September 2011

Are you in need of a cosmopolitan pick-me-up, perhaps to perch on your own desk?

If so, New York in a Bag may be the ticket.

On this Change of Venue Friday, I share a small item that my sister- and brother-in-law got for me when they recently traveled East. As we enter the holiday-laden months, you may find that it suits your workspace, or that of a colleague.

Here’s the burgeoning little berg, carved out of wood (the coin is for size comparison).


The NY set includes the Chrysler Building, Statue of Liberty, Guggenheim Museum, the original Museum of Modern Art (MOMA) buildings, and six cars.

And yes, there IS a bag.

Japanese firm MUJI manufactures these unique sets of blocks—and then packs them in a bag, hence the name. According to MUJI, they’re made of sustainable wood. And they’re as charming as all get-out.

One of the best places to purchase it is MOMA itself.

New York not your choice of great cities? You also may choose other locales, including Barcelona, Tokyo, London, Italy or Paris—or more. Use your imagination and create your own wooden metropolis.

I’ve also been led to believe that they have created Outer Space in a Bag and Suburbia in a Bag, but I haven’t been able to locate them to purchase. If you do, let me know.

Have a globe-trotting weekend.

L to R: Sharon Ng, Lisa Loo and Melissa Ho, Sept. 27, 2011

An organization’s board of directors is a representative body. Ideally, it reflects the membership’s changing face, because board members must embody the future of a profession rather than be in thrall to the past.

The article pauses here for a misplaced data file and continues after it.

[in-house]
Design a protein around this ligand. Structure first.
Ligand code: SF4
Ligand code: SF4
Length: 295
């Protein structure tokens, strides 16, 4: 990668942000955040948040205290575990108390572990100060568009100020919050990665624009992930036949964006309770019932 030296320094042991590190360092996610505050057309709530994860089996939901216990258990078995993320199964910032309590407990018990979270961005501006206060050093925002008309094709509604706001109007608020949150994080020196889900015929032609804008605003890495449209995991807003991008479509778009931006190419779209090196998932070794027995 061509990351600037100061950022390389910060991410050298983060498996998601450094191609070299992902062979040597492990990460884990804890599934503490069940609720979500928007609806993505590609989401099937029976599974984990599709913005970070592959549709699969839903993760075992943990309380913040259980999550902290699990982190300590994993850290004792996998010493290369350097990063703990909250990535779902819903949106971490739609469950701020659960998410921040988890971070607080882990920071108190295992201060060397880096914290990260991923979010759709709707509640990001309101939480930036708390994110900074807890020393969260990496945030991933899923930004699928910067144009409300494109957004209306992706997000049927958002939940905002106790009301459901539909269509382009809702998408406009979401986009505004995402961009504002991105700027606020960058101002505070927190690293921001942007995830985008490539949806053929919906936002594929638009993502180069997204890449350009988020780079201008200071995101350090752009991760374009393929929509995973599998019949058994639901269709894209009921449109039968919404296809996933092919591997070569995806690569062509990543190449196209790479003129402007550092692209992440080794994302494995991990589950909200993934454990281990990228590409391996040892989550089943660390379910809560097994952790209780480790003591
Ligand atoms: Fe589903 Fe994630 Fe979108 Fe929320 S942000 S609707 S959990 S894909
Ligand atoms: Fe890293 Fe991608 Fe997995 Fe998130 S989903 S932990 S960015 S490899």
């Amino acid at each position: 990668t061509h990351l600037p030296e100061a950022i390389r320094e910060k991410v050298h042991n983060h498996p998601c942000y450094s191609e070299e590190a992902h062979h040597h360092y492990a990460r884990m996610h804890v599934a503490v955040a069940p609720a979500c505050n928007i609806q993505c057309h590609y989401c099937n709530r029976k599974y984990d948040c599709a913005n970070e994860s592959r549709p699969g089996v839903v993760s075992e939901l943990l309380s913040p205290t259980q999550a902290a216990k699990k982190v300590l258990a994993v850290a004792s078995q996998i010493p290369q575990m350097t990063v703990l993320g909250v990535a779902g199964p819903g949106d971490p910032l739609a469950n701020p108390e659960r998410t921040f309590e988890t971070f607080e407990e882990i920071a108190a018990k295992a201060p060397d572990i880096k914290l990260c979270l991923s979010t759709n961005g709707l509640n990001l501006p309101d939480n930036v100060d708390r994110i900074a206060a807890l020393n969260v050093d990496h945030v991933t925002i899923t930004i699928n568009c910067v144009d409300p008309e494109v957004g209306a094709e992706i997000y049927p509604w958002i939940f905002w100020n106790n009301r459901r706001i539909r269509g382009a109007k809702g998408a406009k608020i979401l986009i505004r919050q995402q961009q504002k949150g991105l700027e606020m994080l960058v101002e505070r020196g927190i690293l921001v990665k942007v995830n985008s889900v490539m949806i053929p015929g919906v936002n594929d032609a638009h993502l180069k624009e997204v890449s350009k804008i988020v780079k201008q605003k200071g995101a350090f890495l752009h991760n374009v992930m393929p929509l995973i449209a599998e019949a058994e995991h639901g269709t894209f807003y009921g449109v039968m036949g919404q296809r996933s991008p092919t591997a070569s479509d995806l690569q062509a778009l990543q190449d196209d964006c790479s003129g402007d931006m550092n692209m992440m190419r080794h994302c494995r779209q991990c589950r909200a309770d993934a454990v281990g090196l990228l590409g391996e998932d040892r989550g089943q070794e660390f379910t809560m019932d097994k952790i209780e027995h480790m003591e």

On that score, the State Bar of Arizona has reason to be proud.

On Tuesday evening, the Arizona Asian American Bar Association gathered to congratulate three of its members who sit on the State Bar’s Board of Governors. Each of them is a successful lawyer who has a lot to contribute. And each is an Asian American. For good measure, each is also a woman. (All photos are courtesy AAABA.)

At Portland’s Restaurant & Wine Bar in Phoenix, AAABA members and other well-wishers applauded the achievements of Lisa Loo, Melissa Ho and Sharon Ng.

AAABA President Briana Chua

Lisa and Melissa are each representatives from District 6; Sharon is the Young Lawyers Division President.

The event was a happy one. Host and AAABA President Briana Chua reminded attendees that, as well as anyone can tell, there has never been a time when three Asian Americans have served on the board at the same time. Amidst the many conversations I had that night with Arizona lawyers in attendance, one exclamation stands out: “This isn’t your grandfather’s board.”


More photos are on the AAABA Facebook page. (And while you’re there, “Like” them.)

At the AAABA reception, L to R: Maricopa County Bar Association Executive Director Allen Kimbrough, lawyer Mike Mason, and State Bar of Arizona CEO John Phelps

Toni Massaro, Ted Cruz and Linda Greenhouse at the University of Arizona Law School, Sept. 16, 2011

Last week, I wrote about a great UA Law School event held on September 16. That was Constitution Day, and the school held a panel discussion on the topic of current legal cases that are significant and worth watching.

I mentioned that I had tweeted a bit during the presentation by moderator Professor David Marcus, former law school Dean Toni Massaro, lawyer Ted Cruz, former New York Times reporter Linda Greenhouse, and U.S. District Court Judge Neil Wake.

A few readers who struggled with the hashtag asked me what I had said. So, combining old and new school, I have posted just a few of those tweets below.

Before I get to that, though, I wanted to share a few moments that stand out from the day’s events:

    • One humorous moment occurred during that break, when I walked up to speak with Linda Greenhouse, whom I had interviewed about three years ago. As I re-introduced myself, she began speaking to me as if we had met just yesterday, and informed me that I had an error on my blog. I thanked her, walked back to my seat, and confirmed she was right. She has segued into the law professor role well.